I worry that some of my responses made me seem uncaring and incompetent, although it was really my autism that was the issue. People asked how my family are coping and I didn’t really know, because autism means I can’t intuit how people are feeling unless they tell me, and it also means I don’t necessary think to ask people how they are feeling, certainly beyond the “how is your day going?” level. I did ask my Mum how she was most days when she was first diagnosed, but I fell out of the habit. I was also asked where my Mum is going to be treated and I couldn’t remember because my autism means I don’t remember a lot of stuff that my brain doesn’t label as important, and it has a different system of ranking importance to most people. It doesn’t rank the name of the hospital as important, because I’m not going to have to go there myself, let alone go there alone, and I don’t have a special interest in hospitals, so my brain is quite happy just knowing that Mum is going to The Hospital without caring about which hospital it is (actually, it’s several hospitals for several treatments – that much did travel into my brain).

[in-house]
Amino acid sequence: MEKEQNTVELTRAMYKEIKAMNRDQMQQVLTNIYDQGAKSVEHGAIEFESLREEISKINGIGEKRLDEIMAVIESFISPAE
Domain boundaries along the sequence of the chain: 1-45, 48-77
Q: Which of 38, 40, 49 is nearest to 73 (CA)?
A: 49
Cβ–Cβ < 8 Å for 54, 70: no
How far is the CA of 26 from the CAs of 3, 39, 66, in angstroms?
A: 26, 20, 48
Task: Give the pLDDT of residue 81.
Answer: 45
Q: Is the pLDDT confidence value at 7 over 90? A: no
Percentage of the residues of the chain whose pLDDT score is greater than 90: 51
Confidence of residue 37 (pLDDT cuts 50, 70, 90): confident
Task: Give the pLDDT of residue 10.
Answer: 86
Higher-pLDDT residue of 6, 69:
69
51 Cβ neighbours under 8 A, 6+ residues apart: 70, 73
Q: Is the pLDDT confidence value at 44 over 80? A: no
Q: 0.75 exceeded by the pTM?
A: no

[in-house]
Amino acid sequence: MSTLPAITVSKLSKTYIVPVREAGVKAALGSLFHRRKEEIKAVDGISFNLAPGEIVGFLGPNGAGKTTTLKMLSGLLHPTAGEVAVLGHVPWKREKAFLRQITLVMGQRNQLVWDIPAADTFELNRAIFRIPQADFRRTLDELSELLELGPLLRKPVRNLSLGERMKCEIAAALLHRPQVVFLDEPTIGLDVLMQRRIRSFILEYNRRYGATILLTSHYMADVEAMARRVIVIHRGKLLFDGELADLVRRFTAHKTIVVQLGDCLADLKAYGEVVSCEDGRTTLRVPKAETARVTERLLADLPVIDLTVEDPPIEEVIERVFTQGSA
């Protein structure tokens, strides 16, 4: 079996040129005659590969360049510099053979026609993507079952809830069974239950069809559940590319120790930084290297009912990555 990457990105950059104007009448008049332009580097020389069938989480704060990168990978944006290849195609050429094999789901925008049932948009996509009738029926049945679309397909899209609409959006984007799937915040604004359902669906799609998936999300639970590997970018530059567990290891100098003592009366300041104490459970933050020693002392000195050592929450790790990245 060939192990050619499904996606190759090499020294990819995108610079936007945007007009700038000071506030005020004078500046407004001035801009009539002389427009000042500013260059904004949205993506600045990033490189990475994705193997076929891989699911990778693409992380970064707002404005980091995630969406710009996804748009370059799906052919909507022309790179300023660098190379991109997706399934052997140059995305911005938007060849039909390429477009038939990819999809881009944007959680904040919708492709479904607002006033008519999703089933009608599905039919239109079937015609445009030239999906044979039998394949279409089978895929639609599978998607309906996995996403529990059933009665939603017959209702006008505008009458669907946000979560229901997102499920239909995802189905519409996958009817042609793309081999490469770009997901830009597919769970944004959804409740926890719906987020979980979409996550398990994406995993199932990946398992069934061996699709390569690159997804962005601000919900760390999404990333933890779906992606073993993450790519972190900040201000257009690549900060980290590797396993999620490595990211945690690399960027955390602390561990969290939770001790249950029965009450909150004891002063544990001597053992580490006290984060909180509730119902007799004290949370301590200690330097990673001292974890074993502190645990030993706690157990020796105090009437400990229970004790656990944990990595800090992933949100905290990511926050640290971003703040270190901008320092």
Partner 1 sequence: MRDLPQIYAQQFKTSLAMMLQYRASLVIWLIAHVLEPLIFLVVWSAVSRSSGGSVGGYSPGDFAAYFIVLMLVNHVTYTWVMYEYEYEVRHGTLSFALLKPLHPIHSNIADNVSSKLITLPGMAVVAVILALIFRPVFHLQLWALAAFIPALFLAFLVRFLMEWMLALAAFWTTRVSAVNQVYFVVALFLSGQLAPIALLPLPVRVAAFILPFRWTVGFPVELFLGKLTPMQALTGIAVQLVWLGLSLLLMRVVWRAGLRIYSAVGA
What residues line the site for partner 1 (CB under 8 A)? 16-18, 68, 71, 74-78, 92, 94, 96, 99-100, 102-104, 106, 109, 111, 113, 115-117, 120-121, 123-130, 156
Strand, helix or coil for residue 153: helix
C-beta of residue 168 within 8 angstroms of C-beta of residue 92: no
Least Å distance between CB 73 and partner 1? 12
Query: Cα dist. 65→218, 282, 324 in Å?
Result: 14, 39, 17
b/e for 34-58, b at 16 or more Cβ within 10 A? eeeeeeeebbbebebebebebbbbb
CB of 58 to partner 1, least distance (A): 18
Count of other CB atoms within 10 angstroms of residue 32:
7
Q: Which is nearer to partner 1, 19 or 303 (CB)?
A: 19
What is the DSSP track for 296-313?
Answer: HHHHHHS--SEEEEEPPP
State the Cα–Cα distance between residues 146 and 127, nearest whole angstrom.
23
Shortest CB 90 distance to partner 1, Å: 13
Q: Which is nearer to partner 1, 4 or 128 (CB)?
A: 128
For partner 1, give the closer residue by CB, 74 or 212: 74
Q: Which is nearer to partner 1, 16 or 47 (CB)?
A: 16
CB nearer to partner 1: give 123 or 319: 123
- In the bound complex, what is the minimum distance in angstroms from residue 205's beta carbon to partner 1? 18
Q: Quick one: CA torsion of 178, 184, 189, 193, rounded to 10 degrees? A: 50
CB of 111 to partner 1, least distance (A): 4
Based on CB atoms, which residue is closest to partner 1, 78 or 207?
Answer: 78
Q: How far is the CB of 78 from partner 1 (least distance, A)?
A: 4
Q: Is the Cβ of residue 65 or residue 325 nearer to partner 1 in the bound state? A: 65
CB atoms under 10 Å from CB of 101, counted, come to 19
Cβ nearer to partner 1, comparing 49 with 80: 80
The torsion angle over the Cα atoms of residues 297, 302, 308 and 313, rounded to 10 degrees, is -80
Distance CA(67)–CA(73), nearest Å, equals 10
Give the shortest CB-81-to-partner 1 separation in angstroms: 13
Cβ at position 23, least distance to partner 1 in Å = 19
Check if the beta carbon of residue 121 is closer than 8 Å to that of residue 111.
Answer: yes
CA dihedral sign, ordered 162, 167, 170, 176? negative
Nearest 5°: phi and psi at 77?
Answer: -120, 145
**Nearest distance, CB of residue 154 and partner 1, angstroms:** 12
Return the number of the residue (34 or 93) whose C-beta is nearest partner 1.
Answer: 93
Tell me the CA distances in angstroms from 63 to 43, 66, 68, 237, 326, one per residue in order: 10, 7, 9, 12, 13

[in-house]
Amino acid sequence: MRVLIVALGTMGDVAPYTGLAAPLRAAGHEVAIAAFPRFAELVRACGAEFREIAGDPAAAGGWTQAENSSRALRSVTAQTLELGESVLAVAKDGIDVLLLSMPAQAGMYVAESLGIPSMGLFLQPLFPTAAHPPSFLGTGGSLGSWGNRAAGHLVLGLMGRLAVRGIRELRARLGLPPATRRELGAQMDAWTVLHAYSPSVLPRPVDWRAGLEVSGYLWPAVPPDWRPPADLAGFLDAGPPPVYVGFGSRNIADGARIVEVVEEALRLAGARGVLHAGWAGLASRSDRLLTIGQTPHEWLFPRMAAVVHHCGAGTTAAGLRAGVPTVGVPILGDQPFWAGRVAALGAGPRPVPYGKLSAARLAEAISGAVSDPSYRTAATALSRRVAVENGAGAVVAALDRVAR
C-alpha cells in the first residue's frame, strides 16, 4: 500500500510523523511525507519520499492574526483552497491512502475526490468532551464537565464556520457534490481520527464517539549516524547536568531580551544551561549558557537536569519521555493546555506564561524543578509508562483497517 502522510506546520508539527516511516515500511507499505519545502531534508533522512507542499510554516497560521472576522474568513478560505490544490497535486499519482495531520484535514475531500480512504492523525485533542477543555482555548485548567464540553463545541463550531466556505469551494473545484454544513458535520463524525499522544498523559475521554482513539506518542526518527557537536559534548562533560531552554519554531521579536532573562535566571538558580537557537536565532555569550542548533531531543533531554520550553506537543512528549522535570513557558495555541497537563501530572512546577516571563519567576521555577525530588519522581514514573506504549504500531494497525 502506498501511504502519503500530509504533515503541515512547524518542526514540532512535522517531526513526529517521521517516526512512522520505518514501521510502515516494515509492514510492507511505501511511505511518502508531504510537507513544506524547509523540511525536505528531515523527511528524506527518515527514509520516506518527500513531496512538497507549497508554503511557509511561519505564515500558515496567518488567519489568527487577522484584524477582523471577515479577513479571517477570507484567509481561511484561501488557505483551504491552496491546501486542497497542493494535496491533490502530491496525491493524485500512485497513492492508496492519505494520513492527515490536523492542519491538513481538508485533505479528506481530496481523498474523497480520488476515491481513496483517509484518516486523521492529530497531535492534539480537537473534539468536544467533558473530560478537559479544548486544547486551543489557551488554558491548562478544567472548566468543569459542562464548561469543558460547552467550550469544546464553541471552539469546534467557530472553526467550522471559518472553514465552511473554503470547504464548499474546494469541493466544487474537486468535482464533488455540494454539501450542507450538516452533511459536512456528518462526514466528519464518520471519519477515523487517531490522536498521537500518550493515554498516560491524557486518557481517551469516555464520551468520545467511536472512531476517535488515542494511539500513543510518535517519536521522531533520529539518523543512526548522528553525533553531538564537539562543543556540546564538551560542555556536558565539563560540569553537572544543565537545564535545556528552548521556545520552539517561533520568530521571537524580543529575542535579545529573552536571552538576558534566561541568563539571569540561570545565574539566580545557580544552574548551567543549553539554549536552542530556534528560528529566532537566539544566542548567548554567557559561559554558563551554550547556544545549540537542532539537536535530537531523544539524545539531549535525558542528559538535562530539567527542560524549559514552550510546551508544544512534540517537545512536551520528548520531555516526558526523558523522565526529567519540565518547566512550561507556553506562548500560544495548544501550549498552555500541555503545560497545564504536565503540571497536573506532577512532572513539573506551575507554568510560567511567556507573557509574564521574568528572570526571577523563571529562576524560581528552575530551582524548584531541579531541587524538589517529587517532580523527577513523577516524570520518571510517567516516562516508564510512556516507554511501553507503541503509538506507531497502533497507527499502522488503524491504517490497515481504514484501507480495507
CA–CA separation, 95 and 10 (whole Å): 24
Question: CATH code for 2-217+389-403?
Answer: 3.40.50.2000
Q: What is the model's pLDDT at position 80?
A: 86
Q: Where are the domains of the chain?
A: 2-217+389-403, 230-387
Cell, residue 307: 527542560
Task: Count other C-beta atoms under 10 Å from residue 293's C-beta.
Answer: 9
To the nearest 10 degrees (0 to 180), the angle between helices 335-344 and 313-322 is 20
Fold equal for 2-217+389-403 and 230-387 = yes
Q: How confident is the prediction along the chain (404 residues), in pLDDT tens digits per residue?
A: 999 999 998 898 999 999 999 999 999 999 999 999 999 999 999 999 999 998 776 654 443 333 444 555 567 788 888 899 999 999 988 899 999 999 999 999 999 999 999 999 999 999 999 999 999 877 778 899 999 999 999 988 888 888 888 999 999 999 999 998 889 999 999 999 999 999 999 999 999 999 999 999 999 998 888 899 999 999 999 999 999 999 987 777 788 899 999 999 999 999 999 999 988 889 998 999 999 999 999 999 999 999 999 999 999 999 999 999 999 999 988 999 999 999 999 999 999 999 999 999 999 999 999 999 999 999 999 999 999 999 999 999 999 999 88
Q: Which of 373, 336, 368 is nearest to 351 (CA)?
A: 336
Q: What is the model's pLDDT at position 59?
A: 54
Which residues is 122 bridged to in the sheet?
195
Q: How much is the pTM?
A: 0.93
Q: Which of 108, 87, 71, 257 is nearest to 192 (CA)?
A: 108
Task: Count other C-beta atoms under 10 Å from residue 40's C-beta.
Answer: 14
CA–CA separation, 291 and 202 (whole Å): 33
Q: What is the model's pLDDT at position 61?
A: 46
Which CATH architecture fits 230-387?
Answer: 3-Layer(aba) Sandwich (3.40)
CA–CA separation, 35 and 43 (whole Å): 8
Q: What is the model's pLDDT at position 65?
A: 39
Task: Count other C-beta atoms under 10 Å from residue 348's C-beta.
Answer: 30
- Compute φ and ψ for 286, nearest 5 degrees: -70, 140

It’s a shame, as I wanted to go to depression group, but I don’t think I really had anything to say about how I’m feeling and I felt tense from being around people a lot of the time.